Laughing rats, sorrowful elephants, joyful chimpanzees. The more carefully we observe, and the more we learn about animals, the closer their emotional lives appear to resemble our own. Most would agree that we should minimize the physical suffering of animals, but should we give equal consideration to their emotional stress? Bioethicist Peter Singer weighs in. Meanwhile, captivity that may be ethical: How human-elephant teamwork in Asia may help protect an endangered species. Guests: Frans de Waal-Primatologist and biologist at Emory University; author of “Mama’s Last Hug: Animal Emotions and What They Tell Us About Ourselves.” Watchthe video of Mama and Jan Van Hooff. Peter Singer–Philosopher, professor of bioethics at Princeton University. Jacob Shell-Professor of geography at Temple University, and author of “Giants of the Monsoon Forest: Living and Working with Elephants.” Kevin Schneider-Executive director of the Nonhuman Rights Project Originally aired June 24, 2019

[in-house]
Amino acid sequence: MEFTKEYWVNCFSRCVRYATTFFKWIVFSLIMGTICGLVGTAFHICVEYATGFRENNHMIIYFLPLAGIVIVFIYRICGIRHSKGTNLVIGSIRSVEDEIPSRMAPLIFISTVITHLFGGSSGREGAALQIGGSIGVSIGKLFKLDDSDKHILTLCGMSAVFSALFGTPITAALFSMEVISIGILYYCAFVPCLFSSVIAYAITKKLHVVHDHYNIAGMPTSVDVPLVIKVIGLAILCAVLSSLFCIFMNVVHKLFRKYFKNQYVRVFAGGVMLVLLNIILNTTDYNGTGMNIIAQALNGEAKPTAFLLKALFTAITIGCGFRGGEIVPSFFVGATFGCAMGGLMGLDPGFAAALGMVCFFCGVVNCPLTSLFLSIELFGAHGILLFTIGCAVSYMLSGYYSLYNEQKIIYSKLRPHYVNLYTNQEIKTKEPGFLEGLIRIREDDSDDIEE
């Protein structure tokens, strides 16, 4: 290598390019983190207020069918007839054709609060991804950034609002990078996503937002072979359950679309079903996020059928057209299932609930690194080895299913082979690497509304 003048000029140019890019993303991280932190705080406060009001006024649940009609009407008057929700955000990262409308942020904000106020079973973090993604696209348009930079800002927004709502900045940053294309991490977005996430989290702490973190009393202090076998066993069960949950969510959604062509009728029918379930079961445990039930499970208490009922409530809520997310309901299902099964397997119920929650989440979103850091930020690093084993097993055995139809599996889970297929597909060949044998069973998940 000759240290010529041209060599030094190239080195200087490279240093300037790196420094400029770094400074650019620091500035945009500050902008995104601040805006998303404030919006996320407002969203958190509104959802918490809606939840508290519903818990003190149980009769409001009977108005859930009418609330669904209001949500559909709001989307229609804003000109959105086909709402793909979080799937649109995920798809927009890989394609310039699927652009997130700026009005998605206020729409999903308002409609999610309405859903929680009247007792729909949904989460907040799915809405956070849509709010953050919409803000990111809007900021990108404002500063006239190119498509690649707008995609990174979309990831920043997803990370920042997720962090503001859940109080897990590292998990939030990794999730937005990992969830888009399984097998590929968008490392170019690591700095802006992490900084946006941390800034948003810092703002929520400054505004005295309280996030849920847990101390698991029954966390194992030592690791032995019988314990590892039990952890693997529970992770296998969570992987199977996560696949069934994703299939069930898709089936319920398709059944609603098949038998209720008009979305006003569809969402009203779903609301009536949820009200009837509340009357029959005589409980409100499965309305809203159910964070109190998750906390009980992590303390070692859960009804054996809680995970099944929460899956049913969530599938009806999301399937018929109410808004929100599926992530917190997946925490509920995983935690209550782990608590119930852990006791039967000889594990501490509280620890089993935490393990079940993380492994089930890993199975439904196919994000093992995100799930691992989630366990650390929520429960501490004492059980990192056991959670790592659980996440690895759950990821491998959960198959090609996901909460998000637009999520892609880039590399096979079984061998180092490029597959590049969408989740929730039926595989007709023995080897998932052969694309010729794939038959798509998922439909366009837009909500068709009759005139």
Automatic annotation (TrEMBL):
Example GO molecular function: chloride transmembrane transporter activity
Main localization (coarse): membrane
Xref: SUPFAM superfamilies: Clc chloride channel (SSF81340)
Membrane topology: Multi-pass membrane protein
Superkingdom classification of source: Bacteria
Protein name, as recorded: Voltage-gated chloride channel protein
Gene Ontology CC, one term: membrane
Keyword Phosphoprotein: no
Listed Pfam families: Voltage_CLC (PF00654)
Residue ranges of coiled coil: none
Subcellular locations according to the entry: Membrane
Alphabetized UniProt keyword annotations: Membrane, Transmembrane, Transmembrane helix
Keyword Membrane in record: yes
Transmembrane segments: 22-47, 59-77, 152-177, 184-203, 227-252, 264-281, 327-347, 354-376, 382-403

51 MINJUN 29
Comments
Animals Like Us (rebroadcast)

Let's Stick Together (rebroadcast)